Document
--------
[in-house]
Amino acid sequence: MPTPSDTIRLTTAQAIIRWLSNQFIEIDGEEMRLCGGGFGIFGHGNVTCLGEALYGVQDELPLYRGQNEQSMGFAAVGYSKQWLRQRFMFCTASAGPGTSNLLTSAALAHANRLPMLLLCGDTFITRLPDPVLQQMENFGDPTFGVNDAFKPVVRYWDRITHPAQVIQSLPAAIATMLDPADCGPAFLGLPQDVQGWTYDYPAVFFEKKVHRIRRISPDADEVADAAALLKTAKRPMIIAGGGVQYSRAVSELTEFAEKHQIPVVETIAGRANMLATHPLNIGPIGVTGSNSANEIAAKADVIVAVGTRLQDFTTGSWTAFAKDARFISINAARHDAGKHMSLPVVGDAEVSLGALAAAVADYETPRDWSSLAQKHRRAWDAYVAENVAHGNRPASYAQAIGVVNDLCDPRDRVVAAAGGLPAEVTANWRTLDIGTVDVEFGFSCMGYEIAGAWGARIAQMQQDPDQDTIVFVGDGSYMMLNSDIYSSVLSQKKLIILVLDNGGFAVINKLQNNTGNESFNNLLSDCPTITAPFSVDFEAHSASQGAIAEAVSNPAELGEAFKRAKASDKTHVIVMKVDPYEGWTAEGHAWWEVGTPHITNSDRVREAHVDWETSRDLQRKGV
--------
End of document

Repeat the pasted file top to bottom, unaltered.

[in-house]
Amino acid sequence: MPTPSDTIRLTTAQAIIRWLSNQFIEIDGEEMRLCGGGFGIFGHGNVTCLGEALYGVQDELPLYRGQNEQSMGFAAVGYSKQWLRQRFMFCTASAGPGTSNLLTSAALAHANRLPMLLLCGDTFITRLPDPVLQQMENFGDPTFGVNDAFKPVVRYWDRITHPAQVIQSLPAAIATMLDPADCGPAFLGLPQDVQGWTYDYPAVFFEKKVHRIRRISPDADEVADAAALLKTAKRPMIIAGGGVQYSRAVSELTEFAEKHQIPVVETIAGRANMLATHPLNIGPIGVTGSNSANEIAAKADVIVAVGTRLQDFTTGSWTAFAKDARFISINAARHDAGKHMSLPVVGDAEVSLGALAAAVADYETPRDWSSLAQKHRRAWDAYVAENVAHGNRPASYAQAIGVVNDLCDPRDRVVAAAGGLPAEVTANWRTLDIGTVDVEFGFSCMGYEIAGAWGARIAQMQQDPDQDTIVFVGDGSYMMLNSDIYSSVLSQKKLIILVLDNGGFAVINKLQNNTGNESFNNLLSDCPTITAPFSVDFEAHSASQGAIAEAVSNPAELGEAFKRAKASDKTHVIVMKVDPYEGWTAEGHAWWEVGTPHITNSDRVREAHVDWETSRDLQRKGV